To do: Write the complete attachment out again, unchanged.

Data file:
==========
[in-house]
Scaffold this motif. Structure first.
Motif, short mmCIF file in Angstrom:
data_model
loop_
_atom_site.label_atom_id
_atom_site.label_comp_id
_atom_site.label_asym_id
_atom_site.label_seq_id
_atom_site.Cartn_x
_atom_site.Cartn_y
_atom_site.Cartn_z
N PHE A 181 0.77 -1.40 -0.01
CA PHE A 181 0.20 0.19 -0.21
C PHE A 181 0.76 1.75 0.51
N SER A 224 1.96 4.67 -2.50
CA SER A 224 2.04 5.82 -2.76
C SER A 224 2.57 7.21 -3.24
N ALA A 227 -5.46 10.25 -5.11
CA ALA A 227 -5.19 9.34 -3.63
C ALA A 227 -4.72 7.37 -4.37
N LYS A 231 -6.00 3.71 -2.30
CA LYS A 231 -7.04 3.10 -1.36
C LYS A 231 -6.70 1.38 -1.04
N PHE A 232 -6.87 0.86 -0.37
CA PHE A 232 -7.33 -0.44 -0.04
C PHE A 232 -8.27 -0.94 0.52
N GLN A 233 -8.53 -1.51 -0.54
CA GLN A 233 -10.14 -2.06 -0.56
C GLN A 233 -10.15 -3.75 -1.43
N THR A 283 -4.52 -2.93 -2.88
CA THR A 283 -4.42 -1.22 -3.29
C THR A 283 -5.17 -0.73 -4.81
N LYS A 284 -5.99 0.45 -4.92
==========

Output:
[in-house]
Scaffold this motif. Structure first.
Motif, short mmCIF file in Angstrom:
data_model
loop_
_atom_site.label_atom_id
_atom_site.label_comp_id
_atom_site.label_asym_id
_atom_site.label_seq_id
_atom_site.Cartn_x
_atom_site.Cartn_y
_atom_site.Cartn_z
N PHE A 181 0.77 -1.40 -0.01
CA PHE A 181 0.20 0.19 -0.21
C PHE A 181 0.76 1.75 0.51
N SER A 224 1.96 4.67 -2.50
CA SER A 224 2.04 5.82 -2.76
C SER A 224 2.57 7.21 -3.24
N ALA A 227 -5.46 10.25 -5.11
CA ALA A 227 -5.19 9.34 -3.63
C ALA A 227 -4.72 7.37 -4.37
N LYS A 231 -6.00 3.71 -2.30
CA LYS A 231 -7.04 3.10 -1.36
C LYS A 231 -6.70 1.38 -1.04
N PHE A 232 -6.87 0.86 -0.37
CA PHE A 232 -7.33 -0.44 -0.04
C PHE A 232 -8.27 -0.94 0.52
N GLN A 233 -8.53 -1.51 -0.54
CA GLN A 233 -10.14 -2.06 -0.56
C GLN A 233 -10.15 -3.75 -1.43
N THR A 283 -4.52 -2.93 -2.88
CA THR A 283 -4.42 -1.22 -3.29
C THR A 283 -5.17 -0.73 -4.81
N LYS A 284 -5.99 0.45 -4.92